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Biography of Riley Garner Clark, Sr.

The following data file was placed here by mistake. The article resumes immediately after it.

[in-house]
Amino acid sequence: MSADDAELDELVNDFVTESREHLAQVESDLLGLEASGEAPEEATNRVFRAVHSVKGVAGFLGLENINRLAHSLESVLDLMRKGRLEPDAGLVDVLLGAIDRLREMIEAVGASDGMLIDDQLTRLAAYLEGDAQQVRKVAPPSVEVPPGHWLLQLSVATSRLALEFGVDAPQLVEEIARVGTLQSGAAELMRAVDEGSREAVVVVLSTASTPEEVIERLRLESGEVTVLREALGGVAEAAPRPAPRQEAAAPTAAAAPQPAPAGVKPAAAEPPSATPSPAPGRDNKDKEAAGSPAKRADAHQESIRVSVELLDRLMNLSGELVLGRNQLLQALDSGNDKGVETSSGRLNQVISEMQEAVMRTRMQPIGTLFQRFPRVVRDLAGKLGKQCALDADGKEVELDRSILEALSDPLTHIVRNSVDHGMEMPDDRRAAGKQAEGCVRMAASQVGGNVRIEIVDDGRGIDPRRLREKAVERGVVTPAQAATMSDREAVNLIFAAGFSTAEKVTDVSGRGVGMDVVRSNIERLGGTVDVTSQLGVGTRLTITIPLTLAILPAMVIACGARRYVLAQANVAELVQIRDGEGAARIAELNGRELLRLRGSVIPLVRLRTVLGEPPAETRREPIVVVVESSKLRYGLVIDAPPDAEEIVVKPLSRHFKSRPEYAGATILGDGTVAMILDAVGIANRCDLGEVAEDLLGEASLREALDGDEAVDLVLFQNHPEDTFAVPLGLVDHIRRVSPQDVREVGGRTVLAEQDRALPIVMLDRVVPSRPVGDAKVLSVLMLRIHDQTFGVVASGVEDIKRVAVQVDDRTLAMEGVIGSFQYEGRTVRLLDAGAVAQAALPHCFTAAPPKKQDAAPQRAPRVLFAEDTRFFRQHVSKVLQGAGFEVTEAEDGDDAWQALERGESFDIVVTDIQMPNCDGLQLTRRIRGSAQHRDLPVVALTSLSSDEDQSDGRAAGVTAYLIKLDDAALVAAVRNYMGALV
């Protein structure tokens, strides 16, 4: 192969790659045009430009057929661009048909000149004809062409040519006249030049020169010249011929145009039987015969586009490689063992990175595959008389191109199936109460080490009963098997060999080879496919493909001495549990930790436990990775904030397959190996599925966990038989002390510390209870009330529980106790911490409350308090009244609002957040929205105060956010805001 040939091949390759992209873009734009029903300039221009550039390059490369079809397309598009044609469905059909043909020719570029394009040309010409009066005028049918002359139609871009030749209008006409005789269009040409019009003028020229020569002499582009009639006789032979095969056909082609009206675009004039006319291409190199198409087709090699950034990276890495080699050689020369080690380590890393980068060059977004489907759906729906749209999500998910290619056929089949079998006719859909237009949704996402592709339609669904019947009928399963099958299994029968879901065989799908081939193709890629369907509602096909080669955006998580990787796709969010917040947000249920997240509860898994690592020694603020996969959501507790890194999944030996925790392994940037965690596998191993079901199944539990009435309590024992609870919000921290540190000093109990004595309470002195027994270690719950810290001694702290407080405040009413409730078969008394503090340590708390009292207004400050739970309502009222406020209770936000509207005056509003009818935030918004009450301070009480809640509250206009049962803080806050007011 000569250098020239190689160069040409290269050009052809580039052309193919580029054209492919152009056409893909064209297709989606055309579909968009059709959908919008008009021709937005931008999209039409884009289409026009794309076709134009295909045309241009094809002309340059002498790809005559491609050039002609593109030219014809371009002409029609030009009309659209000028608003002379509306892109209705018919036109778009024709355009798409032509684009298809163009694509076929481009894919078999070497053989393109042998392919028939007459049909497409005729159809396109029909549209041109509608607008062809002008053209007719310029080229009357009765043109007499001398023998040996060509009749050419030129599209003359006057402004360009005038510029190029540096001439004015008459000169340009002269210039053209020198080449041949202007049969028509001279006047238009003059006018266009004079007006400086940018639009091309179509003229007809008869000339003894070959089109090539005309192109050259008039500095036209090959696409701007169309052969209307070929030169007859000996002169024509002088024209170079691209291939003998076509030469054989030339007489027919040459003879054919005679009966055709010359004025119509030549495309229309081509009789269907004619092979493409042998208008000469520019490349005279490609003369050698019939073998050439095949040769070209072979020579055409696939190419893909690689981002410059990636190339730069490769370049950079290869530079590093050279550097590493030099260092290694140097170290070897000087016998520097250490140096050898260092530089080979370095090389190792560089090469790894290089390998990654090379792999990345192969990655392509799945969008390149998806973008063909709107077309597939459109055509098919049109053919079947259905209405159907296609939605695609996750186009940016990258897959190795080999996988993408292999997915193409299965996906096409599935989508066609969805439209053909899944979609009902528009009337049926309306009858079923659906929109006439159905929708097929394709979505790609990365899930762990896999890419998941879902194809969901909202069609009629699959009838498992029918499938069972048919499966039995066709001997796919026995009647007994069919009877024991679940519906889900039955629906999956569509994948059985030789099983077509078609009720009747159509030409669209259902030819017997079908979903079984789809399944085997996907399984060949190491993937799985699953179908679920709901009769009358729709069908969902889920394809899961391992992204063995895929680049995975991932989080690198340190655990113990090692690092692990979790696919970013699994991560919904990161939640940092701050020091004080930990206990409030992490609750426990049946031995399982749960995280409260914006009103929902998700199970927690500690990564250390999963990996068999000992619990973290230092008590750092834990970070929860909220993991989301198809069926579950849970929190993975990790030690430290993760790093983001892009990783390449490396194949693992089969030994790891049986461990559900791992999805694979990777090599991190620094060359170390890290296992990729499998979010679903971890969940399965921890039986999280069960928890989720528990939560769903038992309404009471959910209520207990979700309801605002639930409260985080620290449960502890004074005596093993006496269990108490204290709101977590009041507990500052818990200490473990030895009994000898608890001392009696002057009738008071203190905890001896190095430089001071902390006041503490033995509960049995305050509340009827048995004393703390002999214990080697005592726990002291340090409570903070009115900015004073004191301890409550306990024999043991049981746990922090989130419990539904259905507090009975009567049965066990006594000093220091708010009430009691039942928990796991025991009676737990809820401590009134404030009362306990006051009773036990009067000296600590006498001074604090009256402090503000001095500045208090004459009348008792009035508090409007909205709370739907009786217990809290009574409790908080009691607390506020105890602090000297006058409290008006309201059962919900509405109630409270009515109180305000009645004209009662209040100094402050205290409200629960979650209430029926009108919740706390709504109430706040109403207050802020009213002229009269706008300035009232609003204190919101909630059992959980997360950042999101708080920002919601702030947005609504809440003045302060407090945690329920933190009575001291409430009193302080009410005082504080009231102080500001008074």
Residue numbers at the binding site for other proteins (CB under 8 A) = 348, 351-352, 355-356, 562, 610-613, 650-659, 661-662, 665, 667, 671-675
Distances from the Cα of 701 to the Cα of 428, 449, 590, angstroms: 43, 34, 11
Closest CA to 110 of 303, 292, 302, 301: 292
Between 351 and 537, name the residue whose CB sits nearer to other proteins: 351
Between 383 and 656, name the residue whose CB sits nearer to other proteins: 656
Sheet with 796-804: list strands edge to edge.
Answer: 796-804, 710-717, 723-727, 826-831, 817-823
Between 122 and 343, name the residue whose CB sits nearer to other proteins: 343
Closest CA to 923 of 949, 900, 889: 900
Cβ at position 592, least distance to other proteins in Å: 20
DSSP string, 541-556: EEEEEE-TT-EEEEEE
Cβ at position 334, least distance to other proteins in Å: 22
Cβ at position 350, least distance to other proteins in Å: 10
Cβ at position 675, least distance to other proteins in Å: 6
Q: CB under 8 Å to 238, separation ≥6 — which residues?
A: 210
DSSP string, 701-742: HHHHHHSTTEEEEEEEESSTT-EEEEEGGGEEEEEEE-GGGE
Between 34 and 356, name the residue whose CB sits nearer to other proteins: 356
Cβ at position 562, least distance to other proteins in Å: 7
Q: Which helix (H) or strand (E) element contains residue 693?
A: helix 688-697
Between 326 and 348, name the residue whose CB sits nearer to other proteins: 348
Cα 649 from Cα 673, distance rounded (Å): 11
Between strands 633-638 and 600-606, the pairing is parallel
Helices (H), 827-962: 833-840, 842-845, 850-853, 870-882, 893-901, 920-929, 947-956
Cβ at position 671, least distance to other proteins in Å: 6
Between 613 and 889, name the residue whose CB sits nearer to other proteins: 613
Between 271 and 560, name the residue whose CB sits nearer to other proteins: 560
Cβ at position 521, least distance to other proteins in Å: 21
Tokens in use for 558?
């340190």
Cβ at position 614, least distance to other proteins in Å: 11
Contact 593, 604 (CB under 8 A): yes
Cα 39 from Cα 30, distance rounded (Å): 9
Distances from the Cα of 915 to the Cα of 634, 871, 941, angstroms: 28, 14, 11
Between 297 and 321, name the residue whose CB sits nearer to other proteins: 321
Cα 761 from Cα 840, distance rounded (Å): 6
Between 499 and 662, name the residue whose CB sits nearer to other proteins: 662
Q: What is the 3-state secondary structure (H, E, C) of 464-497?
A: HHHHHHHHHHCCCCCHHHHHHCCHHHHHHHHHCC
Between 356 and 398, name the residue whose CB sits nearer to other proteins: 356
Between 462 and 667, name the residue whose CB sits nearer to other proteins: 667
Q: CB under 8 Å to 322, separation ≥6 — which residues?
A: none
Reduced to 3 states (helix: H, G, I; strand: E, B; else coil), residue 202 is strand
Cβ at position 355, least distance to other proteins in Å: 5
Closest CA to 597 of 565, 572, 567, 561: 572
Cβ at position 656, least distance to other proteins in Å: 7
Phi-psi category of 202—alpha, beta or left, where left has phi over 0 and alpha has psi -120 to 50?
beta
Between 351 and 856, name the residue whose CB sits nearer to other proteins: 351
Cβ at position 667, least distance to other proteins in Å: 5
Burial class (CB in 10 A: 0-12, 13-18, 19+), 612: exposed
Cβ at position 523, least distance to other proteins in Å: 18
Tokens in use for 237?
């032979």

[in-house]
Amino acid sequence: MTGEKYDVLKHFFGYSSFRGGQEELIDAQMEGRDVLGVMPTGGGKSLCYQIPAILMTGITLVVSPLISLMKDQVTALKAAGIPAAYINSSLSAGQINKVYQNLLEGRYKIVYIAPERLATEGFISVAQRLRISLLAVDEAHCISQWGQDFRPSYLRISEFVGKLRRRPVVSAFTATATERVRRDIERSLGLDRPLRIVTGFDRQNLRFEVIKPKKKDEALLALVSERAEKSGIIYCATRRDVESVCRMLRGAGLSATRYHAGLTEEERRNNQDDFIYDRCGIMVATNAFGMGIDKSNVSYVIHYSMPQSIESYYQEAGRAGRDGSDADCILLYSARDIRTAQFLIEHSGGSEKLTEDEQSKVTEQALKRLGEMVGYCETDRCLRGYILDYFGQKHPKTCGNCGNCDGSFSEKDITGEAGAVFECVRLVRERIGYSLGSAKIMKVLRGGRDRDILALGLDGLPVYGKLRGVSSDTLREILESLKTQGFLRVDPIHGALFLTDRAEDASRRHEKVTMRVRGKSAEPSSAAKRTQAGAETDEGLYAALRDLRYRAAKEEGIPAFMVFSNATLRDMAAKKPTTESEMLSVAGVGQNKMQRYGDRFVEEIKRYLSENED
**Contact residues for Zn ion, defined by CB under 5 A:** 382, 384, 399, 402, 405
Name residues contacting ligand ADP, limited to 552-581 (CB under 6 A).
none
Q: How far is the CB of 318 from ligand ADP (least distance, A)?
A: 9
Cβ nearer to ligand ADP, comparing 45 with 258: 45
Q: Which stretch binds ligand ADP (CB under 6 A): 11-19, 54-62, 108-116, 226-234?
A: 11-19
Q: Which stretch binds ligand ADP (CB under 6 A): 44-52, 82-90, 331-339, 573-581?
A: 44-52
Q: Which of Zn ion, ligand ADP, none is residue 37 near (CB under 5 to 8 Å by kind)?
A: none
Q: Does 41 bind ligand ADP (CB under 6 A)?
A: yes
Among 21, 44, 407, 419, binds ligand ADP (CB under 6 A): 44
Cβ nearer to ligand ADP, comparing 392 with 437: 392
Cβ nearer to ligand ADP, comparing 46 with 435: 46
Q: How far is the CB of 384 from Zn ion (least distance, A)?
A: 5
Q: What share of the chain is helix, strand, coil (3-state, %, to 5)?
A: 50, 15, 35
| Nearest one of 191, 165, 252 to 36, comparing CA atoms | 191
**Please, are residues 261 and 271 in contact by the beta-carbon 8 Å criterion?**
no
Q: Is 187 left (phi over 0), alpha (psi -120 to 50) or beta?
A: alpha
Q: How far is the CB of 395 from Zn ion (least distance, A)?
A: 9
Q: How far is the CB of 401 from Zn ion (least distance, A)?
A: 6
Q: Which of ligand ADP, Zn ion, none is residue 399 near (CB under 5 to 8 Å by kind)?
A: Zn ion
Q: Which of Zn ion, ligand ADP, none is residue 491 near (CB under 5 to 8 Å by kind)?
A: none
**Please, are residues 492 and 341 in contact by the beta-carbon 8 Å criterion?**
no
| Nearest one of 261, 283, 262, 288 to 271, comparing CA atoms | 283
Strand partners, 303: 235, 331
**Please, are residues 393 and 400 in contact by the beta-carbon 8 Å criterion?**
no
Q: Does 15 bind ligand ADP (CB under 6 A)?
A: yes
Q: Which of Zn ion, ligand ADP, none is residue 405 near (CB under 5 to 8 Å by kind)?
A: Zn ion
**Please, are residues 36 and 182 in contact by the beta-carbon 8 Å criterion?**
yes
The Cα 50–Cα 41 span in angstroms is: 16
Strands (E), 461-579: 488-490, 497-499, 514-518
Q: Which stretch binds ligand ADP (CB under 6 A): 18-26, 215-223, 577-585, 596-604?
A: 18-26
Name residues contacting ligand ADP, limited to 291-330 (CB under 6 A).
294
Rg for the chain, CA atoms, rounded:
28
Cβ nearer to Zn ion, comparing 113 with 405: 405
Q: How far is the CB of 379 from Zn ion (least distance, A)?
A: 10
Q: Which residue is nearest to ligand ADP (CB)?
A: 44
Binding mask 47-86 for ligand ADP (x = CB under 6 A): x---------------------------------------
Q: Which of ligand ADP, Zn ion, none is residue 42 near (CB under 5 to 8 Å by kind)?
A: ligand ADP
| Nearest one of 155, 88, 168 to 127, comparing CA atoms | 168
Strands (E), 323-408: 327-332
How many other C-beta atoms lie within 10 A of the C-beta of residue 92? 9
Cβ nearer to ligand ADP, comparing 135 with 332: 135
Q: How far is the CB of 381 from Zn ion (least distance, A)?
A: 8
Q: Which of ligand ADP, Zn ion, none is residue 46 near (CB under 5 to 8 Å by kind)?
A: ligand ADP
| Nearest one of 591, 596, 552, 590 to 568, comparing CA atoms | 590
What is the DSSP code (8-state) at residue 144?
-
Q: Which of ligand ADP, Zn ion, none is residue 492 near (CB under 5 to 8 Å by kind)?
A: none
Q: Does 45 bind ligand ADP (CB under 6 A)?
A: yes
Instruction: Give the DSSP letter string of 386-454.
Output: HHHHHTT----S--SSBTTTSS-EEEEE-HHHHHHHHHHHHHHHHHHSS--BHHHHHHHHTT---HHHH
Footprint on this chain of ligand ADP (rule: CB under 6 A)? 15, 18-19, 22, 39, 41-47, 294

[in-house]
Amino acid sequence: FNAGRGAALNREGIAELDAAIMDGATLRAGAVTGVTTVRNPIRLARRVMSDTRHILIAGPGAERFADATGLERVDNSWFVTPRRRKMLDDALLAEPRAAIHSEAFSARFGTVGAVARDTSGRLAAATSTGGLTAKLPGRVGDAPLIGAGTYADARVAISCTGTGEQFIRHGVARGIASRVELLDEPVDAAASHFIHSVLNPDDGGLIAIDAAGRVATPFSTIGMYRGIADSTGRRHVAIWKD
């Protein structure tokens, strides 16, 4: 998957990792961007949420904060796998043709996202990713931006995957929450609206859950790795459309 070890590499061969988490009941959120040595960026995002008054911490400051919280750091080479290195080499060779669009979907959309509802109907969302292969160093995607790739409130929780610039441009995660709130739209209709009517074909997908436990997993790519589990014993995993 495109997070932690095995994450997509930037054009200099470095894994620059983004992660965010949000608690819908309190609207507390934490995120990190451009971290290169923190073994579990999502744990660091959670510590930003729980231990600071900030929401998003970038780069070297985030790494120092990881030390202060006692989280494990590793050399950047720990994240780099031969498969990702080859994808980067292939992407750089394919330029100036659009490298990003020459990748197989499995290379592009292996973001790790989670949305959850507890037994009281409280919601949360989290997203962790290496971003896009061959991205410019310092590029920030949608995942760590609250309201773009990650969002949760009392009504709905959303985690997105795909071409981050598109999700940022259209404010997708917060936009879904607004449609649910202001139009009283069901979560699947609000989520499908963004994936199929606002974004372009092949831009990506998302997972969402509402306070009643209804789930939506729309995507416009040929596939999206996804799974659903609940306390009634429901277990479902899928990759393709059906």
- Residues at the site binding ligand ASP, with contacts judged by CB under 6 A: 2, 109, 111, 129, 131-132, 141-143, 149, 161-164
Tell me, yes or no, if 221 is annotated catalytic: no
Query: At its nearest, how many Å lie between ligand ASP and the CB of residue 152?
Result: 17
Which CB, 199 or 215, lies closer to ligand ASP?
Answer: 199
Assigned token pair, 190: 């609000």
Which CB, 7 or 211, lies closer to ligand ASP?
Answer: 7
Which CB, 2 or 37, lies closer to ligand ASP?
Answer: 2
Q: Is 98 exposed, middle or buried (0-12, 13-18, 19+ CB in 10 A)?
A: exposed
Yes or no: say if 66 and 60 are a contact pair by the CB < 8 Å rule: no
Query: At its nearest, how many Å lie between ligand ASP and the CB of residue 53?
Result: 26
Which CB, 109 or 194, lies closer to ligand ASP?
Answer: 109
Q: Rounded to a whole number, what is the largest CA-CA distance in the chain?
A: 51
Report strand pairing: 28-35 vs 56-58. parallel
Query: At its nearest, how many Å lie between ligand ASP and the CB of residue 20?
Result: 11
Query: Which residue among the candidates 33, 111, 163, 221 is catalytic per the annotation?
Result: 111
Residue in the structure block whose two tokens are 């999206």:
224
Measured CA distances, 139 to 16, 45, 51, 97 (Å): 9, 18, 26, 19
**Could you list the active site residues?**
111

Written by his daughter, Ada Clark Carter My Father, Riley Garner Clark, Sr., son of Samuel Clark and Rebecca Garner Clark, was born near Cincinnati, Clinton County, Ohio, July 29, 1829, of Quaker parents. His parents joined the Church of Jesus Christ of Latter-Day Saints at Martinsville, Ohio, and immigrated to Nauvoo, Illinois, where the family endured the hardships and persecutions that the Saints were subjected to at that time. When the general exodus of the Church occurred from Illinois, he moved with his parents to Council Bluffs, Iowa. The call was made for five hundred Mormon volunteers to serve their country in the war with Mexico, and Riley Garner and his oldest brother, Joseph, enlisted in Company A, Iowa Mormon Battalion Volunteers, July 16, 1846, under the command of General Kearney. President Brigham Young promised the Mormon boys who enlisted in the army that if they would be faithful to their God, they would not be required to fight, which promise was fulfilled. Thus, the fighting was either ahead of or behind them. White on their march to San Diego, California, they endured many hardships. At one time they marched all day, both men and teams, without water. The last of their provisions gone, beefs were killed and that was their only food. Great suffering was experienced by the Battalion boys through exposure as many were poorly clad and destitute of tents and wagon covers. Sickness was prevalent in the camps and great numbers of them died, but they never wavered in their purpose. A song “The Lonesome Howling Wolves” was composed by one of the members of the group and was sung over the graves of those that had died. The chorus was as follows: “We burnt ashes and coal over the graves to hide them from the savages and the lonesome howling wolves.” Father used to sing this to his children. As he sang the chorus he used the carpenter saw, and by running his fingers up the blade, he demonstrated the howling of the wolves. Father also sang the chorus of another song which went: “How hard to starve and wear us out upon this sandy desert route.” I was only eight years old when my father died, but I can remember well his being a kind and loving father, telling us children stories about his adventures in the Battalion and singing us the songs which were composed while there. After a long and perilous journey they arrived in California January 29, 1847. Their camp was located a mile below the Catholic Mission and some four or five miles from the seaport town of San Diego. They served one year in San Diego, after which they were honorably released. While there, they were permitted to visit many places of interest; among them were the old mission home at San Diego, the old San Gabriel Mission at Los Angeles, and other such places. General Kearney was more than pleased with his Mormon boys. He lifted his hat with martial pride and said, “Over the Alps Napoleon went, but these men crossed the Continent.” It was the greatest mark of infantry in the history of the world. Their return trip was made by way of the Southern route. Here again they endured many hardships. While crossing the desert they suffered so from the heat and lack of water that their tongues would become dry, parched, and swollen. After a rain, which was welcomed happily, they would run to puddles of water, lie down and drink to quench their burning thirst. Their feet became sore and bleeding, which made it very difficult to travel. Riley Garner Clark and his brother Joseph joined their parents who had immigrated to Utah in Heber C. Kimball’s company in Provo on September 24, 1848. In 1849, Grandfather Samuel Clark made the first leather that was made in Utah. His sons, Joseph and Riley, helped him in this business. Joseph and Riley also operated a saw mill, a threshing wheel, and molasses mill. The large water wheel that ran the machinery operating the mill was on the corner of Fifth West and Third North Street. In connection with this mill they owned and operated a salt grinder where they ground the salt brought from Salt Creek Canyon. Grandfather Samuel Clark owned and lived on what is known as Fifth North and Sixth West. Riley and Joseph owned one block of land together between Second and Third, and Fifth and Sixth West. On this land they built and operated a tannery, and it was here that they built their homes. Joseph’s home still stands on the corner of Fourth North, Fifth West. His daughter, Mary Clark Singleton, owns the home and is living in it as present (At the close of the year 1937). Riley owned all of the land from the dugway south of the main highway, east to the river bridge. It was on this land, where Mary Ann Brown’s house now stands, that his oldest son, Riley Garner Clark, Jr., was born. East of Provo River bridge, where the Riverside Tourist Park owned by Glen Weeter now stands, one of the greatest Indian battles took place. Riley Garner Clark, Sr., married Amanda Williams March 20, 1851, in the old Endowment House in Salt Lake City. In 1852 he received a missionary call from President Brigham Young to go to Manti, Utah, to build a tannery and a saw mill. When he accomplished this feat he received his release and was compelled to return to Provo because of trouble with the Indians. In Manti, while he was out cutting trees in the mountains, a tree fell on him, apparently killing him. After regaining consciousness he related the following experience to the men who had been working over him and also to his family. He said that he stood over his body and watched the men working upon him trying to bring him back to life. He then went through a beautiful green valley and met an old man with a long white beard. The man asked him to go back and take up his earthly body as his work on earth was not finished yet. On returning to his body he found the men still working over it. He did not know how he had re-entered his body. In 1853 he returned to Provo and resumed his former work, also working on his farm. In 1855 he was called to Manti again. He started out with twenty pounds of cornmeal, $1.50 worth of sole leather, and one cow, which was sold for five hundred pounds of flour to be delivered in one, five, and ten pound lots as it was milled (this was the grasshopper year), but was forced to return to Provo because of more trouble with the Indians. He served in the Indian War and stood guard at Manti and Provo. On their return to Provo, Amanda Clark (my mother) was seriously ill for three months. One morning before sunrise, three men suddenly appeared to her, standing between her bed and the wall. They asked how long she had been ill and upon receiving her answer said, “May the Lord bless you. You shall live and get well,” and then vanished from the room. At this moment, her husband came into the room and related how three men had appeared before him and asked for something to eat. When he told of the condition of his wife, they said, “May the Lord bless you, and your wife will get well.” Saying this, they vanished. While living in Provo, Riley and his wife buried three children, two girls and a boy, six years old. I heard my mother tell how neighbors used to ask the boy as the family was making preparations to leave, “Well, George, so you are going to leave us.” George would answer, “Nope, I’m not, but my pa and ma is.” Just a short time before they were ready to move away from Provo, George became ill suddenly and died. Mother said that Father, although he had never received any training, was an expert machinist. This accounts for his being called on these different missions to establish this line of work. Father used to laugh and say, “I’m a worker of all trades and master of none,” but his life history reveals that he had mastered many trades. In the fall of 1869, he again received a call by President Brigham Young to go to Dixie to establish a tannery at St. George. On arriving at Kanarrah, because of the scarcity of hides and beefs in St. George, this project was abandoned and a tannery was established in Kanarrah instead. A son, Guy Wilson Clark, was born to them at Kanarrah. He built also a saw mill in Parowan Canyon. The next move was to Panguitch where his oldest son, Riley Garner Clark, Jr., had gone to prepare a home for the family. Here he and his father built a tannery, a saw mill, and a grist mill, all of which were successful. They also owned and ran a large tract of land. The pioneers had great difficulty farming due to the late spring and early frost, which made crops uncertain. Therefore, cattle and lumber were their main occupations. Riley Garner Clark, Jr., made boots and shoes from tanned hides, which were sold through-out the southern part of the state. At that time, the saw mill was located on Mammoth Creek about eighteen miles south of Panguitch. His tannery, grist mill, and house were located on a hill southwest of Panguitch. His home, being a suburban home, was located near his farming land. During the summer, Riley Garner Clark, Sr., spent a great deal of his time at the saw mill on mammoth Creek. He was also a butcher for a few of the people in Panguitch. He had gone out to kill a beef one morning, and after coming home for breakfast, he suffered a paralytic stroke while eating. At his request, he was taken to Mammoth Creek where the saw mill was located. After suffering eighteen days, he died on July 11, 1876, at the age of 47 years. Besides his industrial tasks, he was a faithful work in the Church of Jesus Christ of Latter-Day Saints. Sixteen children were born to him and his wife, nine girls and seven boys, four of whom which died in infancy. The Lonesome Roving Wolves The Mormons were camped down by the green grove Where the pure waters flow from the mountains above. The hunters just returned from the chasing the bull, As we listen’d to the howling of the lonesome roving wolves, Our guards they were stationed at their posts all around At the top of the hill where the wild bull is found The wind it blew hard and appoach’d us so cold As we listen’d to the howling of the lonesome, roving wolves. The groans of the dying were heard in our camp And the cold chilly frost it was seen on our tents; For the thoughts of all hearts could never be told As we listen’d to the howling of the lonesome, roving wolves. The grave of the stranger it was left on the plains Down by the green grove there forever to remain, To remember his grave we left ashes and coals To hide him from the savages and lonesome, roving wolves. Early next morning just at the break of day The drums and the fifes they did play the reveille. Our mules were brought in, our baggage for to pull, And now we’ll bid adieu to those lonesome, roving wolves.